BaleHaus: A low carbon solution for buildings using prefabricated panels made from renewable materials
Roberts, H., Beadle, K., Mander, T., Parnaby, R., Walker, P. and White, C. (2010) BaleHaus: A low carbon solution for buildings using prefabricated panels made from renewable materials. In: Akintoye, A., Brindley, D., Goulding, J. and Rahimian Farzad, P., eds. (2010) Proceeding of the 9th International Detail Design in Architecture Conference 2010: Innovative Detailing: Materials & Construction Methods for a Low Carbon Future. University of Central Lancaster. ISBN 978-1901922769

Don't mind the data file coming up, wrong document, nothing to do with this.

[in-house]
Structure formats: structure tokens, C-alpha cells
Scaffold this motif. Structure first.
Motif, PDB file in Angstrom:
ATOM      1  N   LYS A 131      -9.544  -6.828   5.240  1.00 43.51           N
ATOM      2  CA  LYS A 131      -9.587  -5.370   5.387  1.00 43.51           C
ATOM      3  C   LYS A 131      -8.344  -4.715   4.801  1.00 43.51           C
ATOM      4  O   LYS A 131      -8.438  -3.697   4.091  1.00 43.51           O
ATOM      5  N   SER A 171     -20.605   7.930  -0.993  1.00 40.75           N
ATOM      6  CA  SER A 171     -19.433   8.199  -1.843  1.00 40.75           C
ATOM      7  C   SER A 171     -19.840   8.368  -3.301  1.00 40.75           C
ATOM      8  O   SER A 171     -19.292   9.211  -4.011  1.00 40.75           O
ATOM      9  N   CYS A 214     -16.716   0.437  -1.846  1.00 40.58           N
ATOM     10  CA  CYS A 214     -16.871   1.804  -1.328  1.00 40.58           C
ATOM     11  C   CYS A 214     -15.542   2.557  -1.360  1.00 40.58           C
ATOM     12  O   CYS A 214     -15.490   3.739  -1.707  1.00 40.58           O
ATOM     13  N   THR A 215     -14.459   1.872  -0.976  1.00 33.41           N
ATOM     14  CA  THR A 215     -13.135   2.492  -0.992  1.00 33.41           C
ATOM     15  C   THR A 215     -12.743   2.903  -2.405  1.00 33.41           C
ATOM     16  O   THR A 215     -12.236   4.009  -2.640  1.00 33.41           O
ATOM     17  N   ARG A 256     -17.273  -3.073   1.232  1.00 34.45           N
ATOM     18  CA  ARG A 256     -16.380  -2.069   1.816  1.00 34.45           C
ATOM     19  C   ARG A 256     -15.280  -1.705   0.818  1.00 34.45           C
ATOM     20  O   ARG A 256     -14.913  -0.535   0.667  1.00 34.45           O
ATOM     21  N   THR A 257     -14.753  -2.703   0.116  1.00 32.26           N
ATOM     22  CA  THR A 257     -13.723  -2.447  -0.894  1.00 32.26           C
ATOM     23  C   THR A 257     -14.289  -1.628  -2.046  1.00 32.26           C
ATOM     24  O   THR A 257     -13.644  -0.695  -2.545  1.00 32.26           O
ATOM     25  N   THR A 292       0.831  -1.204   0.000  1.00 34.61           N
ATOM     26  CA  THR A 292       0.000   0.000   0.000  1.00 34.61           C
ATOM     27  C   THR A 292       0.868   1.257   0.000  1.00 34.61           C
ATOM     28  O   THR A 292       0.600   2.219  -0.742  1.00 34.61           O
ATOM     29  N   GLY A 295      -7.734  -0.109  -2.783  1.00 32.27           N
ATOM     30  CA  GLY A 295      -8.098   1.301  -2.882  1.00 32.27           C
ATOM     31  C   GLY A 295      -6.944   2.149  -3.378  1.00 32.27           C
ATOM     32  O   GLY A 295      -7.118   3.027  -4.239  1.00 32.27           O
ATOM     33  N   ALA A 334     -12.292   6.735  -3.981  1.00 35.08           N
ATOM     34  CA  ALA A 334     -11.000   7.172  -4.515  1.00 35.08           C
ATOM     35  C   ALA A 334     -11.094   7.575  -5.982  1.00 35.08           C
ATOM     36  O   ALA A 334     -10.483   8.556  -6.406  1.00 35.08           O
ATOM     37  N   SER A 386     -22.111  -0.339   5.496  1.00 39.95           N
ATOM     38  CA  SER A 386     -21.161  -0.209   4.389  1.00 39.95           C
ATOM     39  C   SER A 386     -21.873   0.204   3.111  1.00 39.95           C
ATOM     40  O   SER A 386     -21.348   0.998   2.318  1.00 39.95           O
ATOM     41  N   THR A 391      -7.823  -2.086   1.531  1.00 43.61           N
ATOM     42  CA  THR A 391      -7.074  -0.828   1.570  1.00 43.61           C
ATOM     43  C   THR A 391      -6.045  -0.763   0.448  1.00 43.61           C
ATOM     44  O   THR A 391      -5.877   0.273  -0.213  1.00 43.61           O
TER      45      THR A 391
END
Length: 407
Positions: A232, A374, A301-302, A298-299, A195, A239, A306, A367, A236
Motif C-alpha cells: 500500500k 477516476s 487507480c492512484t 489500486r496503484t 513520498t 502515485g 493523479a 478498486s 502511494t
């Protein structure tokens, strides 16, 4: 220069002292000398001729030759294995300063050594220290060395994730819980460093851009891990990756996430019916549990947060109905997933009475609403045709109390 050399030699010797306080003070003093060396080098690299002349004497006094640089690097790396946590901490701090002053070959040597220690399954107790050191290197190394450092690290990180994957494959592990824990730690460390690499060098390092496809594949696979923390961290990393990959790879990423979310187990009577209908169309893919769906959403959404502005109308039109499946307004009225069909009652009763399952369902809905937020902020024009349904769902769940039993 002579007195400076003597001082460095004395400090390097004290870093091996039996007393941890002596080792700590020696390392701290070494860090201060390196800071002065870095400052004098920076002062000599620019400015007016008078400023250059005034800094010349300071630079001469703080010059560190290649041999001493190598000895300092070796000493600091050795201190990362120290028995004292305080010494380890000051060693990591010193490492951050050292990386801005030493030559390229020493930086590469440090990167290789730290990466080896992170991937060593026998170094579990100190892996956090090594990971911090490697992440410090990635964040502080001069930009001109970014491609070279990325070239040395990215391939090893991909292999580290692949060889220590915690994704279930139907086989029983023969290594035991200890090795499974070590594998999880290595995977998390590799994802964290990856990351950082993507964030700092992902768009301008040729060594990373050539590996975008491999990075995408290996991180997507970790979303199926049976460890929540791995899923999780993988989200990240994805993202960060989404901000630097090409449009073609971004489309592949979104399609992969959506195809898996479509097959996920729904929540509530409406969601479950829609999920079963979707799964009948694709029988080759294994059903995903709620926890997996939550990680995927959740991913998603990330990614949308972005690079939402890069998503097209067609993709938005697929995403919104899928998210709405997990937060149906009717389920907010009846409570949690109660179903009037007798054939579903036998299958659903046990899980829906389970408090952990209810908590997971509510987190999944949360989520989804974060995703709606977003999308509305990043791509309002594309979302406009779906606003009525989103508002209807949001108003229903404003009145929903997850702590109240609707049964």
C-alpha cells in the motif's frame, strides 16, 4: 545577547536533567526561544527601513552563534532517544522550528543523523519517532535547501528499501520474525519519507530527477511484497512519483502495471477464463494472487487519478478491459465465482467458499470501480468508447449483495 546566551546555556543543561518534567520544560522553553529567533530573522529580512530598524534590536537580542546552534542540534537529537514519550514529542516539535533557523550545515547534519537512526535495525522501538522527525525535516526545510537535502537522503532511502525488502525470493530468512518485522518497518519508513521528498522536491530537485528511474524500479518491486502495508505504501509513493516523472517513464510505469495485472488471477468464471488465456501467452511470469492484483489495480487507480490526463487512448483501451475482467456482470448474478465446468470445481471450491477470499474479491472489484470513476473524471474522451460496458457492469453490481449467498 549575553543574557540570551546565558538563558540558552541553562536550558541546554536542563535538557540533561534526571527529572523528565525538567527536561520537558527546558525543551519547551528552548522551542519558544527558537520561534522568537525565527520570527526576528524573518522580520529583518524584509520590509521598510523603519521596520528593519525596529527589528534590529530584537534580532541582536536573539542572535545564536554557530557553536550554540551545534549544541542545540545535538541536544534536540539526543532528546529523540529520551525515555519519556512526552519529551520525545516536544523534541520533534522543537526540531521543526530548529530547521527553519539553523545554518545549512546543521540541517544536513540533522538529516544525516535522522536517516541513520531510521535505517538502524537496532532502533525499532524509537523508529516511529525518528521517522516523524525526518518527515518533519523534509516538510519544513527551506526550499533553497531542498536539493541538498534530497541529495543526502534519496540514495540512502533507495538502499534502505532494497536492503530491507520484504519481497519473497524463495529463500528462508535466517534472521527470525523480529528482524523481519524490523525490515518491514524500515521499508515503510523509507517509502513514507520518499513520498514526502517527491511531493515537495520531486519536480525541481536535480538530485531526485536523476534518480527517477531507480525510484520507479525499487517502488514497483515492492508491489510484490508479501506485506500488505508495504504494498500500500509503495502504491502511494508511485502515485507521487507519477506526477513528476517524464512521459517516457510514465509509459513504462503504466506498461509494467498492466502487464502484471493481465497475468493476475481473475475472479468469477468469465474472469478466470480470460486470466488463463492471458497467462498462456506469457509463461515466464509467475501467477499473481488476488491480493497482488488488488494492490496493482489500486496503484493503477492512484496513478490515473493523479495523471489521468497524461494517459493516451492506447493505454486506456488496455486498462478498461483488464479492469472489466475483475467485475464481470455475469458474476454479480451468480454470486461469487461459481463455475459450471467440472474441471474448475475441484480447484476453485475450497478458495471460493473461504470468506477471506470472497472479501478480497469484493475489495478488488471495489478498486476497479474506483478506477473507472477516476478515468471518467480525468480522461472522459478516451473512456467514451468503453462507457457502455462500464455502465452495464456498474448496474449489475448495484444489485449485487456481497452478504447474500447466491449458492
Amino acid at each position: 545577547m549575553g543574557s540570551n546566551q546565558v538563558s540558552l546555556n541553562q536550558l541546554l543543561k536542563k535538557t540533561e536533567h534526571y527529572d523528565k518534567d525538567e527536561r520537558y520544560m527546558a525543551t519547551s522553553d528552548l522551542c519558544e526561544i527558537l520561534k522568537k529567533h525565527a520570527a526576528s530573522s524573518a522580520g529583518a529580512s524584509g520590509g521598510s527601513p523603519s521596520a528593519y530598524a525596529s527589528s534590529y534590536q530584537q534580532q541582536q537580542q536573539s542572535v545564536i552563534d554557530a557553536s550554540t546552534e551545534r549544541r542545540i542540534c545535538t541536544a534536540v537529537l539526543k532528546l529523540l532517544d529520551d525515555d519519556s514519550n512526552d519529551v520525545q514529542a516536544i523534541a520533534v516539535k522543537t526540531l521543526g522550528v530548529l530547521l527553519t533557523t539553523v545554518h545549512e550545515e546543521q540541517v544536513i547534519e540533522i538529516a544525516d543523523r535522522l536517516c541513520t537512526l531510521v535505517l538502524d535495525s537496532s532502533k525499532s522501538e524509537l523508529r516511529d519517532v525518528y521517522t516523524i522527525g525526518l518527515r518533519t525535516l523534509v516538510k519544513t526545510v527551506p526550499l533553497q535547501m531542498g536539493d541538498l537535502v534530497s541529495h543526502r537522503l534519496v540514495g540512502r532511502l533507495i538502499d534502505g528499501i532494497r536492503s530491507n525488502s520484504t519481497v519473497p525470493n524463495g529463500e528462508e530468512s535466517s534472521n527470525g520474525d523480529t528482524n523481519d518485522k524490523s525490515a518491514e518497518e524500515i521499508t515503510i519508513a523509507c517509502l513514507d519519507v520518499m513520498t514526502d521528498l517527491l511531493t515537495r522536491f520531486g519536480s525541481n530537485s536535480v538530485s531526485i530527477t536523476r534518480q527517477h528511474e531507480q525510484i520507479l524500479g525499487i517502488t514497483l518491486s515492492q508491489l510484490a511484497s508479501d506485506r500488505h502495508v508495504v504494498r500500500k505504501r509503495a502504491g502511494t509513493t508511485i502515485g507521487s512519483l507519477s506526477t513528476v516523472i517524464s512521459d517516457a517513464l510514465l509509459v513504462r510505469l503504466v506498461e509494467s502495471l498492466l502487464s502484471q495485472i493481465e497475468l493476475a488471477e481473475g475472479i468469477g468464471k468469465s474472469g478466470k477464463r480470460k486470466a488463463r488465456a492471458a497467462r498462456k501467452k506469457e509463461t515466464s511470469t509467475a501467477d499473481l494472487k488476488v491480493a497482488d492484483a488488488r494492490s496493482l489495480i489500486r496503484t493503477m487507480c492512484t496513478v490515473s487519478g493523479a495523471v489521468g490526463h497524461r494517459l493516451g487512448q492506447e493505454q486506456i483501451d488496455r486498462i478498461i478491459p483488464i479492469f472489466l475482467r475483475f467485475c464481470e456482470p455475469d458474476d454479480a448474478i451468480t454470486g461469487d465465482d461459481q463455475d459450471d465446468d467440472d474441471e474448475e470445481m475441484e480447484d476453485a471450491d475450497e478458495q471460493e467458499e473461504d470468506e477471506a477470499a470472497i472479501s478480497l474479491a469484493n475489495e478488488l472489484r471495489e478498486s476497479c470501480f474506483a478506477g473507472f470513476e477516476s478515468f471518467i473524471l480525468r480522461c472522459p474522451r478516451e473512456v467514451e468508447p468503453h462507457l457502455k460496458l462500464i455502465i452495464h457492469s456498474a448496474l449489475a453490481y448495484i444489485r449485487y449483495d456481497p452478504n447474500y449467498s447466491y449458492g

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The construction of a low-carbon building using renewable materials is described and air tightness and breathability details explained. The BaleHaus at Bath is the first prefabricated straw bale house to use ModCell (Modular Cellulose) panels. It is an innovative, offsite manufacturing system that can produce buildings with thermal performance over one and a half times greater than current Building Regulations. Straw is considered a natural, low carbon and renewable material providing high levels of thermal insulation. Straw bale construction has historically been used to varying extents, but the modern development of a wholly prefabricated load-bearing panelised housing system is a new concept. Panel design, fixings between panels and adjoining features and performance testing is described. The panels must be robust to meet modern construction demands, such as load-bearing capacity, fire resistance, thermal transmittance and acoustic performance. The BaleHaus, built on the University of Bath campus, has been designed to explore the possibility of meeting the PassivHaus standard of less than 15 Kwh/m2/yr, meaning a low or no heating requirement. Air tightness tests carried out show that the BaleHaus has potential to deliver to PassivHaus standards.
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